GreenArrow films include stand-alone films, print films for laminations and sealant films for laminations. They offer the same convenience and functionality as multiple material structures, but have the added benefit of recyclability. These multi-layer films meet the content requirements for the How2Recycle “Store Drop-Off” label, and can be recycled wherever PE film recycling streams are available. 

For products requiring barrier properties, films with oxygen and moisture barriers are available. Charter NEX offers other sustainable film options including starch-based films, starch-filled films and post-consumer recycled resin films.

German confectionery Mimi’s Garden turned to Futamura (, a Japanese manufacturer of cellulose and polymeric films, and its award-winning NatureFlex™ compostable film for a new range of organic, vegan energy treats.

The confectionery chose NatureFlex as it complements the company’s ethical values: being made from independently FSCTM- or PEFCTM-certified, renewable and home compostable cellulose (wood pulp), while offering excellent barrier protection against mineral oil (MOSH/MOAH), aroma and moisture.

The NatureFlex range uses novel heat seal-resins on each side. They are static free and offer a wide heat-seal range for outstanding machine performance. The films offer good gas barrier properties and the coatings can be tailored to provide varying degrees of moisture barrier, depending on the needs of the wrapped product.

While films most often touch the product they protect, manufacturers are on the front line of making sure the material protects the product, the consumer and ever more, the environment. With films becoming more flexible, more protective and more environmentally friendly, we can’t help but wonder what comes next.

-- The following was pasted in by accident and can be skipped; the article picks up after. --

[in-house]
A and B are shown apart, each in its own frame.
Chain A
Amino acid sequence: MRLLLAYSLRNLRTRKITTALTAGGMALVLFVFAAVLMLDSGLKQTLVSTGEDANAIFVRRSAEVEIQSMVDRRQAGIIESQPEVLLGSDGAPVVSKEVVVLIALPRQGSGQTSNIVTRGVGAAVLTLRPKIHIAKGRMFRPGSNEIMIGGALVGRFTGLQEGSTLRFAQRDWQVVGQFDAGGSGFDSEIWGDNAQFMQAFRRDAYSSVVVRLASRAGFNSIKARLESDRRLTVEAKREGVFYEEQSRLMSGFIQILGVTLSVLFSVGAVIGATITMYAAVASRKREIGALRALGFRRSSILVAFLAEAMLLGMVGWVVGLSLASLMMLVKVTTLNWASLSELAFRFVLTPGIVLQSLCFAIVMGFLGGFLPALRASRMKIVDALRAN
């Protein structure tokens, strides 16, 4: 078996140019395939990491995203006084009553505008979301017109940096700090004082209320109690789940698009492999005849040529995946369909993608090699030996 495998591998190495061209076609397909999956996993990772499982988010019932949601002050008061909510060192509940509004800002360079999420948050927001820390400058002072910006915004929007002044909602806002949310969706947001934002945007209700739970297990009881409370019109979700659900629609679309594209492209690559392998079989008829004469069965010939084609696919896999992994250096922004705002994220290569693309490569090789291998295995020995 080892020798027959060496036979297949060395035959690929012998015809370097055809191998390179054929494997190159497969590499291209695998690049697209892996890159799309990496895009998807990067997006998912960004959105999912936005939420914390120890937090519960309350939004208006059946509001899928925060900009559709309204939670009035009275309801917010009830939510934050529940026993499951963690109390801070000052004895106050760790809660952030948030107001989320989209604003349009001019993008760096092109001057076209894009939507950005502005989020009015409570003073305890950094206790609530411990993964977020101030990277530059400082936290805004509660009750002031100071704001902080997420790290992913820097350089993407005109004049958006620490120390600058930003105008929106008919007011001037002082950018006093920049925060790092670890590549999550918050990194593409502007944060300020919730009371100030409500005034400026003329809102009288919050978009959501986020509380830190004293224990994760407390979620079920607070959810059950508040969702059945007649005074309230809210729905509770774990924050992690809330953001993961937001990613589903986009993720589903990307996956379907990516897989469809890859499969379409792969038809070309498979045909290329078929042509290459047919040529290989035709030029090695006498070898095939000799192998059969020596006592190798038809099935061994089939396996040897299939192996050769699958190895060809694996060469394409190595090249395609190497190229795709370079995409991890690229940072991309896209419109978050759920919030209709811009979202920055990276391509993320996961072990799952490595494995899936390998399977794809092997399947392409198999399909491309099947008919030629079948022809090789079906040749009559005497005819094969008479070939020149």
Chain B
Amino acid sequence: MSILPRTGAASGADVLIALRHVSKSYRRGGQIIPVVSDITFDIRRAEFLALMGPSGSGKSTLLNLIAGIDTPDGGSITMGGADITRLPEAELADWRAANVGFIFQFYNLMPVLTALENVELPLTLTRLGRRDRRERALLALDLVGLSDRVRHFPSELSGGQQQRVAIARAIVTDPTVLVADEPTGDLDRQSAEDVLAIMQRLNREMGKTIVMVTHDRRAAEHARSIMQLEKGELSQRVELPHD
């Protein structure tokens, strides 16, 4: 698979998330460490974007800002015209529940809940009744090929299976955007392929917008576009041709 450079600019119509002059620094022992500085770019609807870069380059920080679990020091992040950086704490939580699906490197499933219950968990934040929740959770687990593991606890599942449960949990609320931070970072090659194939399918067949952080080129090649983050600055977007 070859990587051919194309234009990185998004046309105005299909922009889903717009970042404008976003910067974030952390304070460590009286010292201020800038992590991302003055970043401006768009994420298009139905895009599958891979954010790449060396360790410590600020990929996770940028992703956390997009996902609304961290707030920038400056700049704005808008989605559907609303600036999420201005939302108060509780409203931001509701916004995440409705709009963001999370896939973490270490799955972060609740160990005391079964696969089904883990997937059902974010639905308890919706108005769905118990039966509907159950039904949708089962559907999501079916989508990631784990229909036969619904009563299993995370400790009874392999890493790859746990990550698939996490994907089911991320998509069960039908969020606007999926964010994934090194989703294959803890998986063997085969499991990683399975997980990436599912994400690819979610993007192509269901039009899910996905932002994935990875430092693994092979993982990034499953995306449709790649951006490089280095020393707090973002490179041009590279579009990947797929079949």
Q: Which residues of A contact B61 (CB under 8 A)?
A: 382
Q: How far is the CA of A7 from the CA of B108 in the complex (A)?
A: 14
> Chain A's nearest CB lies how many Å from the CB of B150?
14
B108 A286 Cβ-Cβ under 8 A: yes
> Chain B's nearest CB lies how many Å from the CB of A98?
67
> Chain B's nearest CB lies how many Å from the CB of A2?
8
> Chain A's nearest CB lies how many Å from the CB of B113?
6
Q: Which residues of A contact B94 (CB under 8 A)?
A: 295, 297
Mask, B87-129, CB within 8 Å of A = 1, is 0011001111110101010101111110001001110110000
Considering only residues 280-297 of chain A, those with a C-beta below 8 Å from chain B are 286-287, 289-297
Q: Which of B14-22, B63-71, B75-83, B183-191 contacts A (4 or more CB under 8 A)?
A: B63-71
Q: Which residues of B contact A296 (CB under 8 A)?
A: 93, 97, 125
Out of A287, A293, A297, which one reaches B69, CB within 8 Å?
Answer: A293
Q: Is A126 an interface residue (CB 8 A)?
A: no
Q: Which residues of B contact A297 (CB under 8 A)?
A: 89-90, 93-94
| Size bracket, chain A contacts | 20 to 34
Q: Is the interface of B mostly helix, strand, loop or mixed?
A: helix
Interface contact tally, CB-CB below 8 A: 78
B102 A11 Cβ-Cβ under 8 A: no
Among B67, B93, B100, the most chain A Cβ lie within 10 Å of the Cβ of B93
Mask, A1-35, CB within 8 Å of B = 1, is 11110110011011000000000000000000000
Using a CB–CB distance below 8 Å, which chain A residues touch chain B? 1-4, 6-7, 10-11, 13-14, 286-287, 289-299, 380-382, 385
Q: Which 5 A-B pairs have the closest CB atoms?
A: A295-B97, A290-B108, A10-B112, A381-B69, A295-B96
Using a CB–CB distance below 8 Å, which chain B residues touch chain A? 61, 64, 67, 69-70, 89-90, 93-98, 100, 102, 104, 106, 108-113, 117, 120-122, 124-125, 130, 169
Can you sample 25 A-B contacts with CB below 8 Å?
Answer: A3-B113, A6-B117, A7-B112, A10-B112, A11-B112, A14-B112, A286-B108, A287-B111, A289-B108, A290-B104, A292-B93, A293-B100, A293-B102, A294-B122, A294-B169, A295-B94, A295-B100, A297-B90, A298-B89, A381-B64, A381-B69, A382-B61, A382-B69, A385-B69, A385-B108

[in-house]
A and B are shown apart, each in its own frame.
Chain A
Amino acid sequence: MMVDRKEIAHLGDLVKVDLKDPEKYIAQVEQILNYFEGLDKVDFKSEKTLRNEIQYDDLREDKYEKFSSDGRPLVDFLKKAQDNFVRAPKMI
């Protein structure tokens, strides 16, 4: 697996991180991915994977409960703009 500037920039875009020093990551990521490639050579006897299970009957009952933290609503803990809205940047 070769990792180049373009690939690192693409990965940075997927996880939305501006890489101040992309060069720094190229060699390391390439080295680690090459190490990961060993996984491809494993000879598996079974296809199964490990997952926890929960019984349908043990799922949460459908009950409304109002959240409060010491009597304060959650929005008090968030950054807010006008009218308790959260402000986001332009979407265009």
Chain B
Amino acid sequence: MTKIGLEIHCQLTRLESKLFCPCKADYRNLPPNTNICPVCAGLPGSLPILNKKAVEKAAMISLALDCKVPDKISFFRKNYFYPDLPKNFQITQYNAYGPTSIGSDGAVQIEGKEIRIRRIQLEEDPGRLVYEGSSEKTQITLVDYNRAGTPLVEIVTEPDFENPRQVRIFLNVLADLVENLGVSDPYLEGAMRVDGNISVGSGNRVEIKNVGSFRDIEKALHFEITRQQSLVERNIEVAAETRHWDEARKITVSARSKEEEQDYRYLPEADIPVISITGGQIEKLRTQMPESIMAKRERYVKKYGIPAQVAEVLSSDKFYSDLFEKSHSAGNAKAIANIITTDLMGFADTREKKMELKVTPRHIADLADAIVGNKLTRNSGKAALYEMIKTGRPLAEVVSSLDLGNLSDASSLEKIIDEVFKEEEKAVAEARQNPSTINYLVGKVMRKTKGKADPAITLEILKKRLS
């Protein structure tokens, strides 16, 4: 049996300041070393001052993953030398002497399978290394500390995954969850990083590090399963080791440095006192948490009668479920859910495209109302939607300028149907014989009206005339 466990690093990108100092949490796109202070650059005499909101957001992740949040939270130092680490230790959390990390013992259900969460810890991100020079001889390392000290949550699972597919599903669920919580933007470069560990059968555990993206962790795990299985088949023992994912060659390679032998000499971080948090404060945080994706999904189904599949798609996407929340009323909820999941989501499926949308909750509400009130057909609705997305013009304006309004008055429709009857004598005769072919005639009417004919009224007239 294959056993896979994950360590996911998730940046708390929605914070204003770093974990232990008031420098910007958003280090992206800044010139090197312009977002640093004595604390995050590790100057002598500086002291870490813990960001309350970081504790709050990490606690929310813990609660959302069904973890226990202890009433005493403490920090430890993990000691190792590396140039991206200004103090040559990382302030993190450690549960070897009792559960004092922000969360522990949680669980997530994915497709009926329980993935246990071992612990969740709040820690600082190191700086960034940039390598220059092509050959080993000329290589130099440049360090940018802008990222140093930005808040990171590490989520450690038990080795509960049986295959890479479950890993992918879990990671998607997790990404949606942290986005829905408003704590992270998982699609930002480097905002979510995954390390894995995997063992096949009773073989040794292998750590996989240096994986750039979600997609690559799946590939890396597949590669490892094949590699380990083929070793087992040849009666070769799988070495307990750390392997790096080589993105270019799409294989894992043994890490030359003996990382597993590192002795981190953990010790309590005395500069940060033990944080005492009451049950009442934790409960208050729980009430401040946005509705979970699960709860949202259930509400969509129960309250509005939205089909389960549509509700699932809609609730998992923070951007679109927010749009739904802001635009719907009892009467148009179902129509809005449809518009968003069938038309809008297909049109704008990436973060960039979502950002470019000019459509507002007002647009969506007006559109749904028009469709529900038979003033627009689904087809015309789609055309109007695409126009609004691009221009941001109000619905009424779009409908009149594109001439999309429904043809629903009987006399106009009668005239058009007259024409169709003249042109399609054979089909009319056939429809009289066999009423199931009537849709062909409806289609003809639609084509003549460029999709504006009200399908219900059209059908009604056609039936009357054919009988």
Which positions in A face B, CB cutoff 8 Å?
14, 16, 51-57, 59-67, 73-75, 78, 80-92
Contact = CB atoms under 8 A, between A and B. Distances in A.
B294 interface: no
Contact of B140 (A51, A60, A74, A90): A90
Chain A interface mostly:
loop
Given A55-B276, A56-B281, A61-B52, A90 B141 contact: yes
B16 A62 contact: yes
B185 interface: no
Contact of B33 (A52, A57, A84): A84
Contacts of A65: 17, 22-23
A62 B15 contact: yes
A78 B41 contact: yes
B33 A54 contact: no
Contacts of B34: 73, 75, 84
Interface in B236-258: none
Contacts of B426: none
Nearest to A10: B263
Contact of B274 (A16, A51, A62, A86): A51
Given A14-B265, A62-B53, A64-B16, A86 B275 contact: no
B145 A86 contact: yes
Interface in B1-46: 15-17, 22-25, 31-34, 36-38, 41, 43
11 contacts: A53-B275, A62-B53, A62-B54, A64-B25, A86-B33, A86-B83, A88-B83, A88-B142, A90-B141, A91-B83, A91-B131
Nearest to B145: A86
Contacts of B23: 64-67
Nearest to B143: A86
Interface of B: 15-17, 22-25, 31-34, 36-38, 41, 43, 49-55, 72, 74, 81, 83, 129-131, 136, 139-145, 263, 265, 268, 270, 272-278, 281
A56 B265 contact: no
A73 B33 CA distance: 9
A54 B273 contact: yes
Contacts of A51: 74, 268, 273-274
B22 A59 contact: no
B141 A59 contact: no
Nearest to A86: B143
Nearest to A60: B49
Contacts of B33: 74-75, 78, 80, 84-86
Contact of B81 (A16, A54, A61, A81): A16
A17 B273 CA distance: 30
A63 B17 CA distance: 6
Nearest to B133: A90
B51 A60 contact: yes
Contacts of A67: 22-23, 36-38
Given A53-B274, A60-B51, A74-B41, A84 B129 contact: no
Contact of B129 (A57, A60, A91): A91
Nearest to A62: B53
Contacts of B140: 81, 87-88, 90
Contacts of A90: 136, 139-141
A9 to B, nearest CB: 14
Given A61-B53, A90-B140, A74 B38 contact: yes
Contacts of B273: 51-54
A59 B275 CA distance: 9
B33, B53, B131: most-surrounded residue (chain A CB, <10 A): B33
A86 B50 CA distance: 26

According to Chris Voght, senior director of sales and marketing at Toray Plastics’ Torayfan® division, there are many factors influencing the future of films and the industry, including these five trends:

  1. Consumer preference for healthier foods continues to grow, and food manufacturers are responding by tweaking traditional recipes and creating new ones without the use of preservatives. This will spur greater demand for higher oxygen- and moisture-barrier films and stronger, hermetic seals that will protect product freshness.

  2. The packaging format will bring about greater emphasis on a premium feel and appearance that deliver distinction on the retail shelf and enhance the consumer’s experience with the package.

  3. E-commerce is creating a new sales channel that, despite the boom in online shopping, is really only beginning to take shape for food applications.

  4. Large consumer packaged goods companies will acquire established, traditional regional brands and successful small regional brands that were health-food startups. This will open up opportunities for reviewing and revising existing packaging film specifications, creating specification consolidation for improved economies of scale, and adjusting barrier packaging for new national distribution.

  5. Sustainability will continue to exert its influence on the future of packaging films. Research and development in downgauged, ultra-thin, biobased and recyclable materials are global and will continue to be robust.